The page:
Nevertheless, there are certain aspects of AI design and building that are more generic and merit a very brief mention. In particular, the designing and building of an AI requires that some data be assembled and processed; that data must be modeled mathematically; and some form of initial training of the model, tuning its parameters, must be done. Throughout these activities there are various types of tests performed to ensure the appropriateness of the design and the quality of the results.
In later articles I will return to this phase discussing, in particular, the role of the service manager during the design and build of an AI.
Integrating an AI into a Service System
Whatever the particular purpose of an AI, its general purpose is always to provide some advice that will be the basis of a decision. So, the overall service system shall need to make decisions based on the AI’s output. Furthermore, the service system will be providing input to the AI, thereby triggering the AI’s processing activities. AI integration is a matter of hooking up the AI to the components that provide the inputs and to the components that use the output.
Suppose you have an AI component that attempts to recognize the pictures of people. The inputs will be collections of pixels that represent the images of people. The output will be judgements, associated with a certain probability, that the collection of pixels are the image of a certain person.
By itself, such pattern recognition is a sterile activity. But suppose it is integrated into a physical access management system designed to limit access to a building to authorized personnel only. In this case, there must be cameras used to capture the images of visitors and codecs used to transform the raw image into data usable by the pattern recognition system. In order to match images with known, authorized personnel, there must be a database containing the list of authorized personnel and the data to which the captured images need to be matched. The output of the AI needs to be sent to some signaling device, telling the person requesting access that they are authorized to enter (or not), as well as some form of gate or interlocking doors. The control event, whether it permits access or not, is likely to be logged somewhere. Finally, there may be some signaling to a human agent to handle false negative cases.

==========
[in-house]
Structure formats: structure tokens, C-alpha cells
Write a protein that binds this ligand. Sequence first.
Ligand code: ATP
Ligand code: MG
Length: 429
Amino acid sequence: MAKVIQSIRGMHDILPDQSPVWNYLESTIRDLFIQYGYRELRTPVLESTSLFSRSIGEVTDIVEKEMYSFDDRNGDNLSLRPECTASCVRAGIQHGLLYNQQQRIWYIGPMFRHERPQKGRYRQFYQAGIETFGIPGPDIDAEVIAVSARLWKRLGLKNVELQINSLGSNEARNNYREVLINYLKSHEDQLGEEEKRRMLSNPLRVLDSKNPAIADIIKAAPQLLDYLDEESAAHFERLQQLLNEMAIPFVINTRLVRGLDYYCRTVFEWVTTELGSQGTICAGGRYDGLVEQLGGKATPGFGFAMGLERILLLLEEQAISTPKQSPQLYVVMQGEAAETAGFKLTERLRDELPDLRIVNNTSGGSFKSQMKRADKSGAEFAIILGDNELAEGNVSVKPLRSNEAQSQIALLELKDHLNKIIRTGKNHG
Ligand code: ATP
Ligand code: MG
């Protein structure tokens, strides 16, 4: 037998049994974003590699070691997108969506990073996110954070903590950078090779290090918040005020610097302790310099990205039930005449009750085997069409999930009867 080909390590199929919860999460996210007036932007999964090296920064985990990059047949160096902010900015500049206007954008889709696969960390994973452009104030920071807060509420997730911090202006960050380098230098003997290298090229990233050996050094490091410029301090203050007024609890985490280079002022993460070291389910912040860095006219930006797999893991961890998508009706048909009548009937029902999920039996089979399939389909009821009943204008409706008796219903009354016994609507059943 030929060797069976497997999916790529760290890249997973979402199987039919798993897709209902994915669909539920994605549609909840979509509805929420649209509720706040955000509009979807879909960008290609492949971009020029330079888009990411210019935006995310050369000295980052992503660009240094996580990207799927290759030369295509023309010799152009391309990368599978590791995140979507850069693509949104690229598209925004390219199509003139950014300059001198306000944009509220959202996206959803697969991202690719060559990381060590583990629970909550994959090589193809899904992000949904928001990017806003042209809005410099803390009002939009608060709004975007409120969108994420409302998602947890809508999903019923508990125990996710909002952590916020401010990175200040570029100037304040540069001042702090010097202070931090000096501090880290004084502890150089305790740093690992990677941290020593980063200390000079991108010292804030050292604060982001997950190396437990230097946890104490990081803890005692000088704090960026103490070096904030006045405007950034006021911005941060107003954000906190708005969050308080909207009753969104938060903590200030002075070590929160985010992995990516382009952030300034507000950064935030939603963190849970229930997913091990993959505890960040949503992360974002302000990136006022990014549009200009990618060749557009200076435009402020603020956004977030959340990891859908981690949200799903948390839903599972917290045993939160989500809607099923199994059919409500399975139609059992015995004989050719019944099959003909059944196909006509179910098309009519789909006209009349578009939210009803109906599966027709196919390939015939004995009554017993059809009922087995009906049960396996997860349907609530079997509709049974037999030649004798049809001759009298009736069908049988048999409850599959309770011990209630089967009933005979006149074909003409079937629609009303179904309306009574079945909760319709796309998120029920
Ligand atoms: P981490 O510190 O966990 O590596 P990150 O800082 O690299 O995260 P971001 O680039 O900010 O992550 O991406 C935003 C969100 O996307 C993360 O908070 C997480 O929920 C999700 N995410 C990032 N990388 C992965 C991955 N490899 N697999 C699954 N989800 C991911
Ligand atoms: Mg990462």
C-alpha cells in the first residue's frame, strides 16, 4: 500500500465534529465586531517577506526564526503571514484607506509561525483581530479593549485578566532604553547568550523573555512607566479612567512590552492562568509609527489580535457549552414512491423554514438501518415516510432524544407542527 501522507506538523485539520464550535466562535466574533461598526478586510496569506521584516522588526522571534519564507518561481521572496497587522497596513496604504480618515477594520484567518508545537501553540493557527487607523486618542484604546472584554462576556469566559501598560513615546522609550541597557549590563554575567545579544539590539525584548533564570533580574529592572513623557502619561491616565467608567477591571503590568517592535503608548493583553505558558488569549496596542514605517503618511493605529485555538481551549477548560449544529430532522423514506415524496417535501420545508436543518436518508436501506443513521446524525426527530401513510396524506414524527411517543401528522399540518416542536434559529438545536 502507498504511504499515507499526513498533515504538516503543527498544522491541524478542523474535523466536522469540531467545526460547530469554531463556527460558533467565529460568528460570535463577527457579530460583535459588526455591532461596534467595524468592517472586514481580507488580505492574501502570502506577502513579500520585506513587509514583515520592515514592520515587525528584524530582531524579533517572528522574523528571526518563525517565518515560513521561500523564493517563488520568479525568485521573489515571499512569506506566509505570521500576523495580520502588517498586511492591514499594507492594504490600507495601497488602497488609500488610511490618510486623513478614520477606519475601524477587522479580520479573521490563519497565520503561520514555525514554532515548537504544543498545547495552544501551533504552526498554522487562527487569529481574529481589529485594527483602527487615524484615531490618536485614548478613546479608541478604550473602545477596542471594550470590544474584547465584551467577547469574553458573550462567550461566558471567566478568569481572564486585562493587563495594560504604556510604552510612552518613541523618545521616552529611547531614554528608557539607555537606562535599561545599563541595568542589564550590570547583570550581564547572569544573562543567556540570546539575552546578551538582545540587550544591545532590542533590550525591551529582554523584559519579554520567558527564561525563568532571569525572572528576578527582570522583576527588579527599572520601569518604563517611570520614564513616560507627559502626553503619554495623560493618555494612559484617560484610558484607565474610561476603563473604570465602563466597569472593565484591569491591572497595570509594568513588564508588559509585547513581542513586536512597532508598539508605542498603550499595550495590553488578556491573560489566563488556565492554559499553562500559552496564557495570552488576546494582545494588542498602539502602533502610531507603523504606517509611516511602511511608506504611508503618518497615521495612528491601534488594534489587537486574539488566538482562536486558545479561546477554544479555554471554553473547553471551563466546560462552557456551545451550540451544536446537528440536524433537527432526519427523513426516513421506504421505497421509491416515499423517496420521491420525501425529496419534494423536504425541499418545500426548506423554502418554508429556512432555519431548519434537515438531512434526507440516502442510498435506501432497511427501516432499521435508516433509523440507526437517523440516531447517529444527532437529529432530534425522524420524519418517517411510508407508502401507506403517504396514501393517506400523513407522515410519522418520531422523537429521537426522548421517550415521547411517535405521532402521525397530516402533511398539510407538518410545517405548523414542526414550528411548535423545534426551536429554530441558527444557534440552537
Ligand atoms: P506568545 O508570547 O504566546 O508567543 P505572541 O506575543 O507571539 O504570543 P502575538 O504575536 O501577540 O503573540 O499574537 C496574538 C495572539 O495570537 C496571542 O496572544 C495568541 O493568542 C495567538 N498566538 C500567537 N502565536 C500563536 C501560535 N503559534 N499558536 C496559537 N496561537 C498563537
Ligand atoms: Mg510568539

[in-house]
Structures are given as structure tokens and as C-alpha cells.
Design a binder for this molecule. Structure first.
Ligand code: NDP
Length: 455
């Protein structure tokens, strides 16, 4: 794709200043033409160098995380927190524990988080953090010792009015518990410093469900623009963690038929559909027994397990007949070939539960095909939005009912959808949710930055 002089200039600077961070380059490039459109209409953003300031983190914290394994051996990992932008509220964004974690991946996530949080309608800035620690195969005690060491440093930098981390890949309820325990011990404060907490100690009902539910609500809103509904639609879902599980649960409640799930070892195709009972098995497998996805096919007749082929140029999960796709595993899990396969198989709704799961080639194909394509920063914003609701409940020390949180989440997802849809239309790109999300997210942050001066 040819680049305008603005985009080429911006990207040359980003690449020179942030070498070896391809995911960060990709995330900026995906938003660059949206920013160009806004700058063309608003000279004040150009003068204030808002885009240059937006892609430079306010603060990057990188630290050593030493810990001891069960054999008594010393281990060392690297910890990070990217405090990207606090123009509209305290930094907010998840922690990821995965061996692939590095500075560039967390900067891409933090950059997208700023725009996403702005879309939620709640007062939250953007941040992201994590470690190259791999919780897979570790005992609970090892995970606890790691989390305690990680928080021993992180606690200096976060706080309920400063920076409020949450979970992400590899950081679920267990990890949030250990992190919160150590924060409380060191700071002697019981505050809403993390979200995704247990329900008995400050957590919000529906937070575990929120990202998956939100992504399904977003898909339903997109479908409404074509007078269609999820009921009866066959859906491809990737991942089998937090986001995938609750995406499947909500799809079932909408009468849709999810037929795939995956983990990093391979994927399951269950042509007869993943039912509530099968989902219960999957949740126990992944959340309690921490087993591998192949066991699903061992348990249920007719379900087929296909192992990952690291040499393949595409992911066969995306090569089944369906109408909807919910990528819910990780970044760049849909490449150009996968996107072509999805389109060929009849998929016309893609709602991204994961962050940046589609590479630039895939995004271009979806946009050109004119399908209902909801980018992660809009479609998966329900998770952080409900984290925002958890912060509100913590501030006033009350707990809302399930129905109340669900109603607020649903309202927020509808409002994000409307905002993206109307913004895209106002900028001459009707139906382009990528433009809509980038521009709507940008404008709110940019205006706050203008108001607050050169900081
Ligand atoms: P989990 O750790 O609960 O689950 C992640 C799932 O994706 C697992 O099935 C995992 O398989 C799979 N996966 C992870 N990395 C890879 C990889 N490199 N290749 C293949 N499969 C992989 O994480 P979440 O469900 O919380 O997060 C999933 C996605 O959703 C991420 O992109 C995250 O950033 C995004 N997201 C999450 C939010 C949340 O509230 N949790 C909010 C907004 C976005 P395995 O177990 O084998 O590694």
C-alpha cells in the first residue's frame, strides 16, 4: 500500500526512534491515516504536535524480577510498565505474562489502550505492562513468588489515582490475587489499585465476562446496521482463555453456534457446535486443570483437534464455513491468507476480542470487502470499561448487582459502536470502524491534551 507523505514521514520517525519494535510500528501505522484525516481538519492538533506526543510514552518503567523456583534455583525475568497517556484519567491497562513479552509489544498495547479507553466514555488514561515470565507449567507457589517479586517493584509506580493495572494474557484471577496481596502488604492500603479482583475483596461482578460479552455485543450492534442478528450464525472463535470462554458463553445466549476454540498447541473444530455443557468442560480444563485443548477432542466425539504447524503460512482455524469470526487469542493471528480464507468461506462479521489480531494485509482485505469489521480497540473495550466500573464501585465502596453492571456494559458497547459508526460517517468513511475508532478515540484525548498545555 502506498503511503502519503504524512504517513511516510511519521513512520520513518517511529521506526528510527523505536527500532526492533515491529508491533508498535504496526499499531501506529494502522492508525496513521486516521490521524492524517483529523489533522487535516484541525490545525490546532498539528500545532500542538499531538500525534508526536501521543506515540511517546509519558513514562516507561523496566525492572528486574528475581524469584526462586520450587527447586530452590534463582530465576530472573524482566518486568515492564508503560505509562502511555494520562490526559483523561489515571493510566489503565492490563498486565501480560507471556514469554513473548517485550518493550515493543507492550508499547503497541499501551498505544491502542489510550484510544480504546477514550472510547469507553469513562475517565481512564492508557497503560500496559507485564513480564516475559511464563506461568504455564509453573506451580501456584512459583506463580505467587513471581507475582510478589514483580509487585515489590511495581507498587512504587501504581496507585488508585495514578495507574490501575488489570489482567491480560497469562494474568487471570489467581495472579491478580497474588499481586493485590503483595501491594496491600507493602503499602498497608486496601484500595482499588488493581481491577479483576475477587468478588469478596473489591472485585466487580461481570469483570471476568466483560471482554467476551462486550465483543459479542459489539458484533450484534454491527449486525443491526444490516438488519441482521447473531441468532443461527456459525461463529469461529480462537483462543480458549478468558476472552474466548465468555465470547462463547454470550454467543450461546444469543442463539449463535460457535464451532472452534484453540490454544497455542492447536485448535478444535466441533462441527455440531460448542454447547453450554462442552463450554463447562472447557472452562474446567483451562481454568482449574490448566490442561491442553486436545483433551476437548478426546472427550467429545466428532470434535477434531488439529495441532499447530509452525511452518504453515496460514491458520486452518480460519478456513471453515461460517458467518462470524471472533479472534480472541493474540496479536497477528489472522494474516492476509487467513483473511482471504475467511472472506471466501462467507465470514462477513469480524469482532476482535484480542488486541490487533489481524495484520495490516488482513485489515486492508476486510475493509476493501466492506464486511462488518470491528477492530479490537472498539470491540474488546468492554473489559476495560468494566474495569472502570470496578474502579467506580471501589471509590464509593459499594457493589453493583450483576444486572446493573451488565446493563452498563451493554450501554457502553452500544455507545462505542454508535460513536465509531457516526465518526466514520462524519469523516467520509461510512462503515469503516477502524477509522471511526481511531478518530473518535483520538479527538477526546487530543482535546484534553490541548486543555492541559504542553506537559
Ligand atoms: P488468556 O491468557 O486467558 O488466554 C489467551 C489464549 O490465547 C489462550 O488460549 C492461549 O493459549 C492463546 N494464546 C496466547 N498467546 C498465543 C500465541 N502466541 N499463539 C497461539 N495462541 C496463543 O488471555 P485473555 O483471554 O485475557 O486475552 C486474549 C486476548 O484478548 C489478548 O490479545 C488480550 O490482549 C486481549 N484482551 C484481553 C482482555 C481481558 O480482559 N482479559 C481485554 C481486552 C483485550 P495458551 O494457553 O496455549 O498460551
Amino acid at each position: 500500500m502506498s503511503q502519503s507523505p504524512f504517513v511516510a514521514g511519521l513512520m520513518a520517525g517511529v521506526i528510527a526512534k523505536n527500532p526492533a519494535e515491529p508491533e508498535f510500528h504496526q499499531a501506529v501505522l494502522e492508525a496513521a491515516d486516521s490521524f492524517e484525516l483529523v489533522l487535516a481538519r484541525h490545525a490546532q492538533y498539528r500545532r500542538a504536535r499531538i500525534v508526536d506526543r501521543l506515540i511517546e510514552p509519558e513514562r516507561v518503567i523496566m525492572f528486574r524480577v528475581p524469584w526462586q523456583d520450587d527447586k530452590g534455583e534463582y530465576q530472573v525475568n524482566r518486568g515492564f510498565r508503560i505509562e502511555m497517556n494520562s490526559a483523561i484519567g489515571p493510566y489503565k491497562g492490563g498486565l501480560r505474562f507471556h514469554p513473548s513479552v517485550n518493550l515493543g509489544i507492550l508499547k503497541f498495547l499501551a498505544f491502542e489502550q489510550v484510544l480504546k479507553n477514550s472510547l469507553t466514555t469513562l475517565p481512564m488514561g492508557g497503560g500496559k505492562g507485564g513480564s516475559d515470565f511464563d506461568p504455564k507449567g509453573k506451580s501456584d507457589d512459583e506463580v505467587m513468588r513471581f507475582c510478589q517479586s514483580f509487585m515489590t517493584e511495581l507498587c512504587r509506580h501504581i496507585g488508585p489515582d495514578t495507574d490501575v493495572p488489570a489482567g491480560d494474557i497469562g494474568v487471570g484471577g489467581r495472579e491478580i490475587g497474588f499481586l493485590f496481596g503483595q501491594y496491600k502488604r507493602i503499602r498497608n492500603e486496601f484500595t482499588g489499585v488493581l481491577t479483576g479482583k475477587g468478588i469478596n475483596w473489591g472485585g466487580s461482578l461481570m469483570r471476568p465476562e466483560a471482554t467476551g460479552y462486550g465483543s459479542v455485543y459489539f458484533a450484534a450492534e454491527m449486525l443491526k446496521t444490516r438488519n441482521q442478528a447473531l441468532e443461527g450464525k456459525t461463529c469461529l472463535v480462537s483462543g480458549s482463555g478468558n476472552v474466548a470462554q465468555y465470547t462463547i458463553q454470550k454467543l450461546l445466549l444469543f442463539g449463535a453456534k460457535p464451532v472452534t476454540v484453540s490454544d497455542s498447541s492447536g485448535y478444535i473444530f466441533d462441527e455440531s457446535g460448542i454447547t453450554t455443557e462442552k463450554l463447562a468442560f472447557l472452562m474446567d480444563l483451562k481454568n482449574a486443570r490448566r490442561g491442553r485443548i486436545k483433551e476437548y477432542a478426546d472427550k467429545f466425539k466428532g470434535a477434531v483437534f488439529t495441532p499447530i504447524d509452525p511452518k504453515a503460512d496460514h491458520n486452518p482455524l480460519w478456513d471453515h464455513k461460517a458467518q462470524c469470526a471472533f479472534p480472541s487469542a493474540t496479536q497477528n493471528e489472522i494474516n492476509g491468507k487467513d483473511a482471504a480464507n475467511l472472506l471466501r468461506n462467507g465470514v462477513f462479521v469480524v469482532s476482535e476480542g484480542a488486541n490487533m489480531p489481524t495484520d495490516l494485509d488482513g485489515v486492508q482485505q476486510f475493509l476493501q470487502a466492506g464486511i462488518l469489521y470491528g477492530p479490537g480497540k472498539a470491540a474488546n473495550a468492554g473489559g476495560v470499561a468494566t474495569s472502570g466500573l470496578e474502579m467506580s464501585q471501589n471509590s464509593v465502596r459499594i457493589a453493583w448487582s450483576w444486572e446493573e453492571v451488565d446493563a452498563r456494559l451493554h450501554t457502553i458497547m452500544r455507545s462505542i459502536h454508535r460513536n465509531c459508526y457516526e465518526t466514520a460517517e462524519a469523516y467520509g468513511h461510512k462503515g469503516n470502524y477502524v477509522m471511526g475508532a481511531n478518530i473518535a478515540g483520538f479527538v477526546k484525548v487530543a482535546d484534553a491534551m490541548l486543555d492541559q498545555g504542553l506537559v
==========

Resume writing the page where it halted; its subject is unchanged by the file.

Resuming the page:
The output of the integration phase is a tested design that is ready to deploy into a live environment.
Deploying an AI
There is nothing, to my knowledge, that differentiates the deployment of an AI component from the deployment of any other IT component in a service system. There is, however, a particular aspect to deploying a trained and tested AI that gives it a huge advantage over humans.
Suppose you have a human service delivery agent who has taken many months to learn the ins and the outs of a service and its customers. Now, suppose your business has expanded and you need another person to perform the same tasks. The experience of the first agent might help a little in training the second agent but, fundamentally, each agent must gain her or his own experience. In other words, training a human agent is not very scalable.
Compare this to deploying additional artificial intelligences. The “knowledge” acquired by any single AI can be redeployed in other AIs by a simple copy of the underpinning data and code. The entire experience of the first AI is immediately available to the second AI. Deploying multiple AIs is a highly scalable activity. Of course, the human agent has the considerable advantage of being able to flexibly reuse any acquired knowledge without explicit training. The copied AI would require explicit (re-)training even any reuse.
Operating an AI
AIs, being nothing more than computers programmed in a certain way using data structured in a certain way, are highly automatic. Thus, much of the operation of an AI is the same as the operation of any other software application. There are, however, a number of factors specific to the operation of an AI that merit further description. The most important factor, the continued learning of the AI, is so important that I treat it as a separate subject.
To understand the particular aspects of operating an AI we must recall that AIs based on neural networks are probabilistic, not deterministic, systems. The output of each layer of a neural network is associated with a set of probabilities. The final output is only ever an output of a certain probability. Compare this to the traditional, deterministic software application. Each command in software results in some unambiguous result. 1 + 2 = 3. If the value of an expression equals this, then do that, otherwise, do something else. Even if the path through software might be complex, there is no ambiguity about the final result.
Neural networks, on the other hands, yield results that are normally not 100% true. They are only probable. If a pattern recognition AI is asked if a certain set of pixels correspond to the image of a certain person, that AI can only say, “there is an x% probability that it is the picture of that person”. The output of a neural network is described as “probably approximately correct” (PAC). So, we need to understand how approximate it is and how probable that approximation is.